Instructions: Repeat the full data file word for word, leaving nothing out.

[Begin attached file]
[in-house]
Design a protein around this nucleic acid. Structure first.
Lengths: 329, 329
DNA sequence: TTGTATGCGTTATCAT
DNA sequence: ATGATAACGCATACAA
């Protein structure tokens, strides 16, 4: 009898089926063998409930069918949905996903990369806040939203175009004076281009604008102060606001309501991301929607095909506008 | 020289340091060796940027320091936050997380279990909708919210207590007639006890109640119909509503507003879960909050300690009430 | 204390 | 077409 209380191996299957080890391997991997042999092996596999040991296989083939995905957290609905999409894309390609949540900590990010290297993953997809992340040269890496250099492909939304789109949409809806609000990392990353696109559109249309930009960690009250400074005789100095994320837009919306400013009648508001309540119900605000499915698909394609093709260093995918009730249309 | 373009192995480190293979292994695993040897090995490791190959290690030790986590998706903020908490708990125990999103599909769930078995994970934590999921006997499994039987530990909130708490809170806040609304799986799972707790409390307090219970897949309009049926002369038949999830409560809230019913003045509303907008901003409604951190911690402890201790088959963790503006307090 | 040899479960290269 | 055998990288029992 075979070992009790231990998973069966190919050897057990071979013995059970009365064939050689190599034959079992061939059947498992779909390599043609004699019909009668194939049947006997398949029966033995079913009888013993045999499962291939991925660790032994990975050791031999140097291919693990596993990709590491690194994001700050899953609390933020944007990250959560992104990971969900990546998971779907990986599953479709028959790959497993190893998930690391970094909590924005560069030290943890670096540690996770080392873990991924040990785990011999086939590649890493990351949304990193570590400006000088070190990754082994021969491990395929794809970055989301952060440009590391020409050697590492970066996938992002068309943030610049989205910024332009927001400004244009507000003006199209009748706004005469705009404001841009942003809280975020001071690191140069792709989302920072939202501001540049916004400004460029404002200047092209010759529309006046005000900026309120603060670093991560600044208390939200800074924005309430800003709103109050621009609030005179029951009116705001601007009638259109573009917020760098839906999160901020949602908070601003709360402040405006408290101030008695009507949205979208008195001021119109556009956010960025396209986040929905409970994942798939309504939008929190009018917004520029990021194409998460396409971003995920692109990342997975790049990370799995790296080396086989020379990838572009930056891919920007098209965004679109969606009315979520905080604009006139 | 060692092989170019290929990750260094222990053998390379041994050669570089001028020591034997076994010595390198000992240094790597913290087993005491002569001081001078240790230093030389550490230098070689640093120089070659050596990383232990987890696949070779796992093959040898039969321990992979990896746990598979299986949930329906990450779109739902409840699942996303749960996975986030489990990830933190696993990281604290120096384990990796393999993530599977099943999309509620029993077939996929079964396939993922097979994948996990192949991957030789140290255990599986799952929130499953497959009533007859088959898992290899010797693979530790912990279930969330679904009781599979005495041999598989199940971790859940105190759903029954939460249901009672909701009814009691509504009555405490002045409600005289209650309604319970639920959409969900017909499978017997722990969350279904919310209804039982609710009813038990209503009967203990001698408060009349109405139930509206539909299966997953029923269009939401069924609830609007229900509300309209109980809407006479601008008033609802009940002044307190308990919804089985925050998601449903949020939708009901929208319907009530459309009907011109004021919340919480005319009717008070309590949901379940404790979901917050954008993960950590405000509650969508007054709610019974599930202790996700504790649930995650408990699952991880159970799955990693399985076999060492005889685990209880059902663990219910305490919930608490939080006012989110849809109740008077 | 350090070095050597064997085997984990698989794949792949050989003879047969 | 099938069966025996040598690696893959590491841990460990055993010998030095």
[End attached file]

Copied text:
[in-house]
Design a protein around this nucleic acid. Structure first.
Lengths: 329, 329
DNA sequence: TTGTATGCGTTATCAT
DNA sequence: ATGATAACGCATACAA
């Protein structure tokens, strides 16, 4: 009898089926063998409930069918949905996903990369806040939203175009004076281009604008102060606001309501991301929607095909506008 | 020289340091060796940027320091936050997380279990909708919210207590007639006890109640119909509503507003879960909050300690009430 | 204390 | 077409 209380191996299957080890391997991997042999092996596999040991296989083939995905957290609905999409894309390609949540900590990010290297993953997809992340040269890496250099492909939304789109949409809806609000990392990353696109559109249309930009960690009250400074005789100095994320837009919306400013009648508001309540119900605000499915698909394609093709260093995918009730249309 | 373009192995480190293979292994695993040897090995490791190959290690030790986590998706903020908490708990125990999103599909769930078995994970934590999921006997499994039987530990909130708490809170806040609304799986799972707790409390307090219970897949309009049926002369038949999830409560809230019913003045509303907008901003409604951190911690402890201790088959963790503006307090 | 040899479960290269 | 055998990288029992 075979070992009790231990998973069966190919050897057990071979013995059970009365064939050689190599034959079992061939059947498992779909390599043609004699019909009668194939049947006997398949029966033995079913009888013993045999499962291939991925660790032994990975050791031999140097291919693990596993990709590491690194994001700050899953609390933020944007990250959560992104990971969900990546998971779907990986599953479709028959790959497993190893998930690391970094909590924005560069030290943890670096540690996770080392873990991924040990785990011999086939590649890493990351949304990193570590400006000088070190990754082994021969491990395929794809970055989301952060440009590391020409050697590492970066996938992002068309943030610049989205910024332009927001400004244009507000003006199209009748706004005469705009404001841009942003809280975020001071690191140069792709989302920072939202501001540049916004400004460029404002200047092209010759529309006046005000900026309120603060670093991560600044208390939200800074924005309430800003709103109050621009609030005179029951009116705001601007009638259109573009917020760098839906999160901020949602908070601003709360402040405006408290101030008695009507949205979208008195001021119109556009956010960025396209986040929905409970994942798939309504939008929190009018917004520029990021194409998460396409971003995920692109990342997975790049990370799995790296080396086989020379990838572009930056891919920007098209965004679109969606009315979520905080604009006139 | 060692092989170019290929990750260094222990053998390379041994050669570089001028020591034997076994010595390198000992240094790597913290087993005491002569001081001078240790230093030389550490230098070689640093120089070659050596990383232990987890696949070779796992093959040898039969321990992979990896746990598979299986949930329906990450779109739902409840699942996303749960996975986030489990990830933190696993990281604290120096384990990796393999993530599977099943999309509620029993077939996929079964396939993922097979994948996990192949991957030789140290255990599986799952929130499953497959009533007859088959898992290899010797693979530790912990279930969330679904009781599979005495041999598989199940971790859940105190759903029954939460249901009672909701009814009691509504009555405490002045409600005289209650309604319970639920959409969900017909499978017997722990969350279904919310209804039982609710009813038990209503009967203990001698408060009349109405139930509206539909299966997953029923269009939401069924609830609007229900509300309209109980809407006479601008008033609802009940002044307190308990919804089985925050998601449903949020939708009901929208319907009530459309009907011109004021919340919480005319009717008070309590949901379940404790979901917050954008993960950590405000509650969508007054709610019974599930202790996700504790649930995650408990699952991880159970799955990693399985076999060492005889685990209880059902663990219910305490919930608490939080006012989110849809109740008077 | 350090070095050597064997085997984990698989794949792949050989003879047969 | 099938069966025996040598690696893959590491841990460990055993010998030095």